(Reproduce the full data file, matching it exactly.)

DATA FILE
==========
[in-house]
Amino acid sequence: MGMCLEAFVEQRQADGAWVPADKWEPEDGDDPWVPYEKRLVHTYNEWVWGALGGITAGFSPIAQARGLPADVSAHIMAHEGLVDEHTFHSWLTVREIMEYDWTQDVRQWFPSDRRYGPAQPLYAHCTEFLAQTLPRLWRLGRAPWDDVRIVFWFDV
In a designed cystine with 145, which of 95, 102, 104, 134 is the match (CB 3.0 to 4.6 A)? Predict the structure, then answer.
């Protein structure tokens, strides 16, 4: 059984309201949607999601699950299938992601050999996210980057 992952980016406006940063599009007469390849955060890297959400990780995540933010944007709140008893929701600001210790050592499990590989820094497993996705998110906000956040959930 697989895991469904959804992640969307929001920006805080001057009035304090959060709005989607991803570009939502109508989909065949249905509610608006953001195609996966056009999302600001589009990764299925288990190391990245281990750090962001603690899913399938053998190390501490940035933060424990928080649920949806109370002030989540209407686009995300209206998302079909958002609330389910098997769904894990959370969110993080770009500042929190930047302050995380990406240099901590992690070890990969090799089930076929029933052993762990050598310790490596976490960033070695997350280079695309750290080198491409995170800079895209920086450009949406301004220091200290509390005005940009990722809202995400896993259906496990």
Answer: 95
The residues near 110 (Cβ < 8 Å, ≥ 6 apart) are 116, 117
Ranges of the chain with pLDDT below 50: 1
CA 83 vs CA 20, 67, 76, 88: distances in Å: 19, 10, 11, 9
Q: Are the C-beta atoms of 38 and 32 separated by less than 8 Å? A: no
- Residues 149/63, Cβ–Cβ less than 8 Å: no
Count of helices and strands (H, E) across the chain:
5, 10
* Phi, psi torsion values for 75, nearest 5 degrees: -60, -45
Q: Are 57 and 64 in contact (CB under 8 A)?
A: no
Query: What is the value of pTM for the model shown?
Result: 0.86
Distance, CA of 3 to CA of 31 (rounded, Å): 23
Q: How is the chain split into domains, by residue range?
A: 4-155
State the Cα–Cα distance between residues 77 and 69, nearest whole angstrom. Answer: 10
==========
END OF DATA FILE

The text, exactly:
[in-house]
Amino acid sequence: MGMCLEAFVEQRQADGAWVPADKWEPEDGDDPWVPYEKRLVHTYNEWVWGALGGITAGFSPIAQARGLPADVSAHIMAHEGLVDEHTFHSWLTVREIMEYDWTQDVRQWFPSDRRYGPAQPLYAHCTEFLAQTLPRLWRLGRAPWDDVRIVFWFDV
In a designed cystine with 145, which of 95, 102, 104, 134 is the match (CB 3.0 to 4.6 A)? Predict the structure, then answer.
């Protein structure tokens, strides 16, 4: 059984309201949607999601699950299938992601050999996210980057 992952980016406006940063599009007469390849955060890297959400990780995540933010944007709140008893929701600001210790050592499990590989820094497993996705998110906000956040959930 697989895991469904959804992640969307929001920006805080001057009035304090959060709005989607991803570009939502109508989909065949249905509610608006953001195609996966056009999302600001589009990764299925288990190391990245281990750090962001603690899913399938053998190390501490940035933060424990928080649920949806109370002030989540209407686009995300209206998302079909958002609330389910098997769904894990959370969110993080770009500042929190930047302050995380990406240099901590992690070890990969090799089930076929029933052993762990050598310790490596976490960033070695997350280079695309750290080198491409995170800079895209920086450009949406301004220091200290509390005005940009990722809202995400896993259906496990």
Answer: 95
The residues near 110 (Cβ < 8 Å, ≥ 6 apart) are 116, 117
Ranges of the chain with pLDDT below 50: 1
CA 83 vs CA 20, 67, 76, 88: distances in Å: 19, 10, 11, 9
Q: Are the C-beta atoms of 38 and 32 separated by less than 8 Å? A: no
- Residues 149/63, Cβ–Cβ less than 8 Å: no
Count of helices and strands (H, E) across the chain:
5, 10
* Phi, psi torsion values for 75, nearest 5 degrees: -60, -45
Q: Are 57 and 64 in contact (CB under 8 A)?
A: no
Query: What is the value of pTM for the model shown?
Result: 0.86
Distance, CA of 3 to CA of 31 (rounded, Å): 23
Q: How is the chain split into domains, by residue range?
A: 4-155
State the Cα–Cα distance between residues 77 and 69, nearest whole angstrom. Answer: 10